[Grammar] syntax in affecting sentence semantics

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lycen

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I am happy the next time she comes.
The next time she comes, I am happy.

The above-mentioned sentences are clear in having the same meaning.

However, I would like to know if there's a subtle difference between these (presence of auxillary verb):

I am able to do it the next time she comes. (I think "am able" here is referring to my current ability i.e. "I can do it the next time she comes." )

The next time she comes, I am able to do it. ("Am able" is referring to the future ability I am sure that I will have; zero conditional)


Thank you.
 

lycen

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I was able - past
I am able - present
I will (or shall) be able - future

Isn't I can = I am able?

I can do it the next time she comes = I am able to do it next time she comes

Present tense can also be use to refer to the future, can't it?
 

lycen

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I am speaks to a state of being
I am tired now
I was tired yesterday
I will be tired tomorrow

I am is used in the present. I will is used in the future.

You can't write - "I am able to do it the next time she comes" because "I am" refers to the present and the rest of the sentence refers to the future. The "I am" has to change to "I will".

What you are proposing is - I am hot next Sunday. It should be - I will be hot next Sunday.

You can write - "I can do it now" and "I am able to do it now". When the time frame changes, the sentences change, "I can do it tomorrow" and " I will be able to do it tomorrow."

I agree that "I am hot next Sunday" is unacceptable. However, for scheduled
future events for instance "I start my new job next Monday" and "My train leaves on Saturday" are as correct as "I'll start my new job next Monday" or "My train will leave on Saturday", aren't they? I got them from a Cambridge grammar book.
 

philo2009

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I agree that "I am hot next Sunday" is unacceptable. However, for scheduled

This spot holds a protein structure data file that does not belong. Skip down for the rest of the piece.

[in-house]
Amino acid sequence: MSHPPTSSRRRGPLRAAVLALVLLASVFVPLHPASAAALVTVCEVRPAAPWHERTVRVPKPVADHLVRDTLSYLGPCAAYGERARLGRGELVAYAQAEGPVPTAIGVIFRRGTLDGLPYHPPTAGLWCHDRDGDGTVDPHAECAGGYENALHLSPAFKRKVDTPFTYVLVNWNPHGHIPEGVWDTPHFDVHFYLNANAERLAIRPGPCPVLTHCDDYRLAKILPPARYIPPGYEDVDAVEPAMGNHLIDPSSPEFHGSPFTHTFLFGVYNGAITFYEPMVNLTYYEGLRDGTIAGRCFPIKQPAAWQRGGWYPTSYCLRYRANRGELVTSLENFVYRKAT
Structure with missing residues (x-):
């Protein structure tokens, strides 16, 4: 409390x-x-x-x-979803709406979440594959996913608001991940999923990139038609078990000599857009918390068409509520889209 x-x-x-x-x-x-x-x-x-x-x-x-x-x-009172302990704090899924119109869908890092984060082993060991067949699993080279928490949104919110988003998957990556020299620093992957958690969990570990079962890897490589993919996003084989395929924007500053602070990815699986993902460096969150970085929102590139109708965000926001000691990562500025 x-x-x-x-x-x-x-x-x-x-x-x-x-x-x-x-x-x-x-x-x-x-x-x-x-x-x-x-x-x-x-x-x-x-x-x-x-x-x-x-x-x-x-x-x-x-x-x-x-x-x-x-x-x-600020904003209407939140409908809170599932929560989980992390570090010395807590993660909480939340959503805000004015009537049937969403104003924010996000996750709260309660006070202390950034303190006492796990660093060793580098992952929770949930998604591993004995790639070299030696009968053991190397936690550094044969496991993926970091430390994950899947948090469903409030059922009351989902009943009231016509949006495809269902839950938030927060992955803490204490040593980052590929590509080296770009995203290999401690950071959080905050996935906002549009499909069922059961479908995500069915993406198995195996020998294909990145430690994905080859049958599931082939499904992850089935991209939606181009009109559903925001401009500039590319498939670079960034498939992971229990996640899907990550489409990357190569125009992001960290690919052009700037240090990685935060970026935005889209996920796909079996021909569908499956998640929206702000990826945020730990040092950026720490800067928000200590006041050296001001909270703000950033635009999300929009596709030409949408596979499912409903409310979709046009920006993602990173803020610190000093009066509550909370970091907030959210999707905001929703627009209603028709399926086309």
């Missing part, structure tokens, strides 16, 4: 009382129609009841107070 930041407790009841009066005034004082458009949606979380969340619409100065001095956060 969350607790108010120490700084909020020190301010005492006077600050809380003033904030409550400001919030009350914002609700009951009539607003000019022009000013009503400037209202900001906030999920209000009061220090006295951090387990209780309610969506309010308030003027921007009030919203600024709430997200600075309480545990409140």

future events for instance "I start my new job next Monday" and "My train leaves on Saturday" are as correct as "I'll start my new job next Monday" or "My train will leave on Saturday", aren't they? I got them from a Cambridge grammar book.

You are right that this is possible in principle. The event, however, must be one naturally capable of being 'scheduled' in some way. An ability, or indeed any 'state of being' in the future (as opposed to an action such as 'leaving' or 'arriving'), can hardly be so considered, hence the rarity of ever finding the verb 'be' used in this way.

'Can' (but normally not 'be able to') is an exception to this general rule, since we may refer by means of it to an expected future ability to accomplish some particular task at a certain future time, but normally only where this constitutes an undertaking/promise of some kind, e.g.

I can see you briefly next Thursday morning.


but not

*By the end of the course, I can speak French fluently.

(-->...I'll be able to...)
 

philo2009

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I am happy the next time she comes.
The next time she comes, I am happy.

The above-mentioned sentences are clear in having the same meaning.

However, I would like to know if there's a subtle difference between these (presence of auxillary verb):

I am able to do it the next time she comes. (I think "am able" here is referring to my current ability i.e. "I can do it the next time she comes." )

The next time she comes, I am able to do it. ("Am able" is referring to the future ability I am sure that I will have; zero conditional)


Thank you.

It is difficult to answer this question, since both sentences are unidiomatic. If, however, we change 'am able to' to 'can', then we will get

[1] I can do it (the) next time she comes.

and

[1a] (The) next time she comes, I can do it.

which would, in fact, be identical, both structurally and semantically, differing only in the obvious, minor respect of clause-ordering, with [1] being slightly the more natural choice.

'Can' here would naturally be understood in either as having a future meaning (please refer also to my comments on this point in post #6).

Note, incidentally, that the term 'conditional' applies only to sentences containing, or implying, 'if'. It is therefore not applicable here.
 

philo2009